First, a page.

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Quincy Egginton: ‘Giving In to the Art’

Tue, 04/09/2024 - 12:42
Quincy Egginton was captured in the act of painting en plein air.
Courtesy of the Wednesday Group

Sometimes you can ask an artist how long she has loved art, or how old he was when he first felt drawn to learning how to do it, and get an answer that approximates “forever.” Quincy Egginton’s answers to these questions sound a lot like that.

She was always drawing and painting watercolors, ever since she was a young child growing up outside of Boston and later living with her artist mother and military father in a country village in Japan, and right through her time studying art as an undergraduate at Syracuse University and earning her master’s and doctorate of art education degrees at Teachers College at Columbia University.

Even though she attended an English-language school in Japan, “it was very isolating,” Ms. Egginton recalled, noting that “for a lot of reasons,” her time there has influenced her art. To this day, she continues to keep her paints in a wooden box her parents gave her in Japan. “I remember being absorbed in and focused on doing art,” she said. “The environment was very beautiful and my parents and I, particularly my mother, were very appreciative of the culture and the beauty of the land.”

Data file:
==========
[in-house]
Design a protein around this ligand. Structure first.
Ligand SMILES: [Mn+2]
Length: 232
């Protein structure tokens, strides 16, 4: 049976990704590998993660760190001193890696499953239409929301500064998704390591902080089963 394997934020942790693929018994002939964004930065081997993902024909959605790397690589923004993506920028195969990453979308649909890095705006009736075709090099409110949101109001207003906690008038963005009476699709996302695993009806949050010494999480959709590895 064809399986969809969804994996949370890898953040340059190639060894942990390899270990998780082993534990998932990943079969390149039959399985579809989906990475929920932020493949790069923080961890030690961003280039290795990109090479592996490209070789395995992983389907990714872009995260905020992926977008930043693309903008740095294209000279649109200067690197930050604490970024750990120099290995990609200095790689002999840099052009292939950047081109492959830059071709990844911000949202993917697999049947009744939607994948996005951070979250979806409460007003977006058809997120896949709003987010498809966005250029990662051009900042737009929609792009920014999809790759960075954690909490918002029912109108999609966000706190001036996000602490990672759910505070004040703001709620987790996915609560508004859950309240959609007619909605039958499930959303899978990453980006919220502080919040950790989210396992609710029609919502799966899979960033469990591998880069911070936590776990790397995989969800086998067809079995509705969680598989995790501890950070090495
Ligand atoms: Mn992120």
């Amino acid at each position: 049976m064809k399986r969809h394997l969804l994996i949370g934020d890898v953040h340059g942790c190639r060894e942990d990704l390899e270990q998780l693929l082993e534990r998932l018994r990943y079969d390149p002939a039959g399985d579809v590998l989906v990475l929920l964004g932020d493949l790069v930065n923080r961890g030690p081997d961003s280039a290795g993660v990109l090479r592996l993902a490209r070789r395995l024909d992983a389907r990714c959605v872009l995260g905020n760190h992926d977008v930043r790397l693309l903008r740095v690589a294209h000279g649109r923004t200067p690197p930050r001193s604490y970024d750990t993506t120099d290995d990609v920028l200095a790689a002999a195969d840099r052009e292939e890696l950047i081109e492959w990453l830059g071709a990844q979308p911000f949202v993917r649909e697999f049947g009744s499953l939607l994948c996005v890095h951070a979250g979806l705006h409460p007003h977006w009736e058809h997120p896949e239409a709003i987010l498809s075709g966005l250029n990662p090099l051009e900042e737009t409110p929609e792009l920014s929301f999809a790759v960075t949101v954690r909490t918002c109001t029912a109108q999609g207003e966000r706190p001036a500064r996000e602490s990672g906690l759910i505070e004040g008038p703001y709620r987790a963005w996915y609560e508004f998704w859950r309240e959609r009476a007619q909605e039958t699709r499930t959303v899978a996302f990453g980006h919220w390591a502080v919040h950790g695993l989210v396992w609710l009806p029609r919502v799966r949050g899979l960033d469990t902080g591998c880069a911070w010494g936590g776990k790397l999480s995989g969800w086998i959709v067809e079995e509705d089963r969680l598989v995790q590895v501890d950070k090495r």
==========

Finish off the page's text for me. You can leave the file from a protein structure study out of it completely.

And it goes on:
A watercolorist and printmaker who with her husband, Hersey Egginton, has owned a house here for 45 years and came from Westchester to make Wainscott their full-time home three years ago, Ms. Egginton uses art to capture the local environment and natural subjects such as vegetables, flowers, and seashells. A collection of her work titled “Farm Harvest Images” is currently on display at the Milk Pail Farm Market in Water Mill, with a reception planned there on Saturday from 2 to 5 p.m.

For Ms. Egginton, watercolor is a medium that suits these subjects well.

“I love the fluidity of it, the range of expressions. It’s very sensitive,” she said. “The water, the beach, has always been a major draw to me. I do think the watercolor serves really well to interpret the water.”

Beaches feature “the same elements, the sand, the water, the sky, but every time you come, those elements are always different,” she said. “You think about the gust of wind. The earth has moved. The wind has affected the water and the waves, the light has changed the color of the water, and the clouds are constantly changing. It’s really stimulating to me. I never get tired of it.”

She is a recent and well-suited addition to the well-known Wednesday Group of plein-air painters who meet up for outdoor painting sessions at various places on the South Fork. This makes watercolor a communal art for her, whereas printmaking is a more individual experience.

“I’ve been so happy doing watercolors, and I love being out in these locations and being with other artists,” she said. “The printmaking represents spending time by yourself in the studio.”

In between and alongside studying and teaching art, Ms. Egginton also worked as an illustrator. At a recent show at Ashawagh Hall in Springs, in which she had 14 pieces on display, “One person said, ‘Quincy, this looks like an illustration for a children’s book,’ “ she said. “There were a number of people who commented on my painting looking like illustrations, and that was interesting because I was used to doing illustrations when it was an assignment.”